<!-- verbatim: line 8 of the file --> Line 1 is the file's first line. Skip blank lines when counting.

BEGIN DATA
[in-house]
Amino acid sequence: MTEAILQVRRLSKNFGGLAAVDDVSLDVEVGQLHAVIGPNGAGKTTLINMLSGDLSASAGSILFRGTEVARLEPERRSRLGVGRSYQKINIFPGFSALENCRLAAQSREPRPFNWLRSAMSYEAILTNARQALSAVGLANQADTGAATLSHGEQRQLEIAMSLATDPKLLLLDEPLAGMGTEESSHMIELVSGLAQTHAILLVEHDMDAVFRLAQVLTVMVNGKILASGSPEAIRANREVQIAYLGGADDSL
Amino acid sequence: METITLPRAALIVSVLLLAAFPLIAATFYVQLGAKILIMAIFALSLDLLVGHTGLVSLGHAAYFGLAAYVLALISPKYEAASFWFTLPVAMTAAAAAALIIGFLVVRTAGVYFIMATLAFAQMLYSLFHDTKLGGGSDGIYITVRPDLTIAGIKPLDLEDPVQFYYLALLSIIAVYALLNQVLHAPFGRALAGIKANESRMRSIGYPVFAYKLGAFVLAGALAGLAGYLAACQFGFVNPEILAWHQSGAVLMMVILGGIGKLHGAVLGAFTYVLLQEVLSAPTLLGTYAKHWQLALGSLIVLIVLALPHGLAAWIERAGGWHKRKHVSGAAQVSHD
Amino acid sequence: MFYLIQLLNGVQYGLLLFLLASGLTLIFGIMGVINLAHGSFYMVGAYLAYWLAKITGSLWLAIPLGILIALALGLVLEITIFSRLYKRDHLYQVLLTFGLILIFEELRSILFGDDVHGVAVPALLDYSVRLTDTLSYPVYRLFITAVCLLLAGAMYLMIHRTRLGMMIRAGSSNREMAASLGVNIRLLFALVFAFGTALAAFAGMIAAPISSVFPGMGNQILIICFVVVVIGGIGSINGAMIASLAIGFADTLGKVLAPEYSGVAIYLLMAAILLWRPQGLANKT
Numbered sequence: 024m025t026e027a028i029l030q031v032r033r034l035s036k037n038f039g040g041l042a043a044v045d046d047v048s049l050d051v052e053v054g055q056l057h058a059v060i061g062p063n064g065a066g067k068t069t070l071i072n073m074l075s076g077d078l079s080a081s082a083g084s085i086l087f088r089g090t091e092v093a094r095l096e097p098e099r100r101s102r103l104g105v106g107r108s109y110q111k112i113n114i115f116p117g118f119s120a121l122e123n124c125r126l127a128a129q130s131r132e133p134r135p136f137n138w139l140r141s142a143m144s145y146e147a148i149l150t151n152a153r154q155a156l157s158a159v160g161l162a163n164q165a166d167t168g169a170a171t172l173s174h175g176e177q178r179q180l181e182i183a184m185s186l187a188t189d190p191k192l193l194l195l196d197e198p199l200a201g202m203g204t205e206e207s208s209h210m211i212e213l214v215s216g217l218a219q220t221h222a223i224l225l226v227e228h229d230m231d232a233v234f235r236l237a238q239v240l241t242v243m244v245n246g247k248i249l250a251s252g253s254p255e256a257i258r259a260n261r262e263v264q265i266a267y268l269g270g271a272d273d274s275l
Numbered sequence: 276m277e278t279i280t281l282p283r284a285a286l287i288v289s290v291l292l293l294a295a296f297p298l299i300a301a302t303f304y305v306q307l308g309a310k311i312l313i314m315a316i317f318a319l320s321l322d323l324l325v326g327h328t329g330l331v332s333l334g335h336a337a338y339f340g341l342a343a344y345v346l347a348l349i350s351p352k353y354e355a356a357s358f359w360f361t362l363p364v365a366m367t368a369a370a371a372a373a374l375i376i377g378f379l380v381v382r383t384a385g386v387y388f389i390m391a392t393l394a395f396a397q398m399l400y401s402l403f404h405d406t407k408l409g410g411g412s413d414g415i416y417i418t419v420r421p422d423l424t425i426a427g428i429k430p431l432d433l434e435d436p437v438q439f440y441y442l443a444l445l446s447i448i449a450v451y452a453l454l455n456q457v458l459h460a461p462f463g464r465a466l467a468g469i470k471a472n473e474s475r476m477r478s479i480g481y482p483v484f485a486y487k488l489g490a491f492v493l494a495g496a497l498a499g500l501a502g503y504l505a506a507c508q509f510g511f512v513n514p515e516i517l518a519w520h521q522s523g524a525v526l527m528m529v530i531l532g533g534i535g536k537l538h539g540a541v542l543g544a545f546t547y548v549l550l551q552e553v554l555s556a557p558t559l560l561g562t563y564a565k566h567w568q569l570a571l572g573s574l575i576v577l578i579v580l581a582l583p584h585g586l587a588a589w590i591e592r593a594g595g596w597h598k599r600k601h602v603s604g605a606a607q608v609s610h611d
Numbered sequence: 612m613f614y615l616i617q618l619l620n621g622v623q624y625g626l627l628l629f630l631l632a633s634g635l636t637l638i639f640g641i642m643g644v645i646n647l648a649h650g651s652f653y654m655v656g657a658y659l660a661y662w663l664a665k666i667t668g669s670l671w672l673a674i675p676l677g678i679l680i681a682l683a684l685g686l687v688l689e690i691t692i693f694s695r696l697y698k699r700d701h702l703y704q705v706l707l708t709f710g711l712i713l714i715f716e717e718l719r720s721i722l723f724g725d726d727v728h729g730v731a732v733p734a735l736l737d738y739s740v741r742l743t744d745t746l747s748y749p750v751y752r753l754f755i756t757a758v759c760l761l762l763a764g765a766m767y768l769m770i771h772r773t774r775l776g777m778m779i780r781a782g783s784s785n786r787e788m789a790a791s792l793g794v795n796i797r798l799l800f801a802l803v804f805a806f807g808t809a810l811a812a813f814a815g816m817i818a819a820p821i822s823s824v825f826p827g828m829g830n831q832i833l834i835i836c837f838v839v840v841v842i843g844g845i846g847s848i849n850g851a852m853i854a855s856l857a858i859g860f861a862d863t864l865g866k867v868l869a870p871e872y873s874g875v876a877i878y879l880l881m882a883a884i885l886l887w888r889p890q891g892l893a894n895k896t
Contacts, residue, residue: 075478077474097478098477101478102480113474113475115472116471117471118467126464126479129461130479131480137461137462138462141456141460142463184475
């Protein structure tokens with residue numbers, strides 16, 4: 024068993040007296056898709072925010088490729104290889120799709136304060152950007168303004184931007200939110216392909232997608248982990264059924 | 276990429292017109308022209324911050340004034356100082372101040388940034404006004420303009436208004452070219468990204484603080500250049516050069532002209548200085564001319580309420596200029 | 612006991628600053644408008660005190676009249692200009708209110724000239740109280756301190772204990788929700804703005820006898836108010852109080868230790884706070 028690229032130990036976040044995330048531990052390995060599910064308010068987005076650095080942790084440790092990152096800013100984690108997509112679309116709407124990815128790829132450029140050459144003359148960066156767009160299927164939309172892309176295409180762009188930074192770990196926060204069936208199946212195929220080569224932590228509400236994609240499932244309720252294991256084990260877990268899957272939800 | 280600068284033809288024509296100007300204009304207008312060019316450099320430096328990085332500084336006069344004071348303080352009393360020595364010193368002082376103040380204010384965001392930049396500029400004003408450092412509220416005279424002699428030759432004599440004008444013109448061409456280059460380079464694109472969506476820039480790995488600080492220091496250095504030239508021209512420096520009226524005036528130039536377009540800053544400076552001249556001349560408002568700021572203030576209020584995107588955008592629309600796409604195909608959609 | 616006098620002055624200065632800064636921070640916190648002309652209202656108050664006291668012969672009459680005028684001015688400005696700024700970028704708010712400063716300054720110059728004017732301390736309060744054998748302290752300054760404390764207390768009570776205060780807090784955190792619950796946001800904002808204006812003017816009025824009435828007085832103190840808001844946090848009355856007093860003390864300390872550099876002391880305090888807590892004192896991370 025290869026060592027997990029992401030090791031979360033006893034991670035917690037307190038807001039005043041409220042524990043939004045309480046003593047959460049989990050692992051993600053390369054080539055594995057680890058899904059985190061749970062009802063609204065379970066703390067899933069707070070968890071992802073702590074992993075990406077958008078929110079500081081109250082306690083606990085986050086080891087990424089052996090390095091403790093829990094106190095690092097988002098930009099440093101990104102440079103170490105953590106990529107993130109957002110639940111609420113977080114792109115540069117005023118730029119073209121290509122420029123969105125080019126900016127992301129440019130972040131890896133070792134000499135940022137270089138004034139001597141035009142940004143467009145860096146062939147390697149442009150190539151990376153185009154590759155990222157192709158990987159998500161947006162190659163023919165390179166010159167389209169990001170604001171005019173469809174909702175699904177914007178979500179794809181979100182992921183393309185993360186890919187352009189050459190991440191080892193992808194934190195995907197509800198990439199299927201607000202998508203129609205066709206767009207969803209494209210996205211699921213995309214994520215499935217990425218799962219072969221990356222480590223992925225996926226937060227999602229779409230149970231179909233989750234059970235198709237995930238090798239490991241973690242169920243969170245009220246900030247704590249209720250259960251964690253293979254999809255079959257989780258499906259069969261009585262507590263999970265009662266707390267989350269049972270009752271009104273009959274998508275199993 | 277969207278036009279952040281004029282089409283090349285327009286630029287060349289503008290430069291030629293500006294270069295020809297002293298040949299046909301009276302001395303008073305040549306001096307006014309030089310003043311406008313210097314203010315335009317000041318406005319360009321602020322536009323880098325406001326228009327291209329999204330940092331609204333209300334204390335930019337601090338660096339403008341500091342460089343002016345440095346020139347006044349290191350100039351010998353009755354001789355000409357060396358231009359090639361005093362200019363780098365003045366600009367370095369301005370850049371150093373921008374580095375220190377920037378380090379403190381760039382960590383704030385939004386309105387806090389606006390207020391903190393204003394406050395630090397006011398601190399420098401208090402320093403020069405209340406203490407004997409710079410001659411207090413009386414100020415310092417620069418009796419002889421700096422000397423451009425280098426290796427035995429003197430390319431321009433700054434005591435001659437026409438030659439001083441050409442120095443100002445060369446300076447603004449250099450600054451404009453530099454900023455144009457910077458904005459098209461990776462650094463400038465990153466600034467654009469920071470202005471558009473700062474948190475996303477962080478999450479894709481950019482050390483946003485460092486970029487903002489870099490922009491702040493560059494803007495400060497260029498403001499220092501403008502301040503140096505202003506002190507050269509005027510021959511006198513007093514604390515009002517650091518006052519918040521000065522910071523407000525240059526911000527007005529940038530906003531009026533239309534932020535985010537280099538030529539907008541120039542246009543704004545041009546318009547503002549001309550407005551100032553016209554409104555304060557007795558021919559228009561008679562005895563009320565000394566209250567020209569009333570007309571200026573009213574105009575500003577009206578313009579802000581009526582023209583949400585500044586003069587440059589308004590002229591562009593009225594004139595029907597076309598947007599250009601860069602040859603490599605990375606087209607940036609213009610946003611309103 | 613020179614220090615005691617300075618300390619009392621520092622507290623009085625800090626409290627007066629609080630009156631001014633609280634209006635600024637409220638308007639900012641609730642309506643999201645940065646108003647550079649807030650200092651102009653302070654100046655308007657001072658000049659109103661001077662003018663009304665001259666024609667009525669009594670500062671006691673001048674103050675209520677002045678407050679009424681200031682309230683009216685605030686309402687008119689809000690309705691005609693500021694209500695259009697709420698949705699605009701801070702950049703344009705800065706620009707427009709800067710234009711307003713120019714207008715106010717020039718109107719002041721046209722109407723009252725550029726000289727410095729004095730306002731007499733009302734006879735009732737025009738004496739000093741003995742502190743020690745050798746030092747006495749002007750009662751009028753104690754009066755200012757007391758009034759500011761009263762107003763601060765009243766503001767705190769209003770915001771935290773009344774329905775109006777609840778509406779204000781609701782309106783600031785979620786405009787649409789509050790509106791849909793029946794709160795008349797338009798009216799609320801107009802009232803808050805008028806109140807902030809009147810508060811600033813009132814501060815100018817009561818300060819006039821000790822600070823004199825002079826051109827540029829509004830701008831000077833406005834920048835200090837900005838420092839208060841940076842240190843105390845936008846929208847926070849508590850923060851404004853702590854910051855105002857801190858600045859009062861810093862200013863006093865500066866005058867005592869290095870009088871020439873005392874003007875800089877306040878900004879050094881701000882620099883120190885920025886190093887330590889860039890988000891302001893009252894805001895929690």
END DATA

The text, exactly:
Contacts, residue, residue: 075478077474097478098477101478102480113474113475115472116471117471118467126464126479129461130479131480137461137462138462141456141460142463184475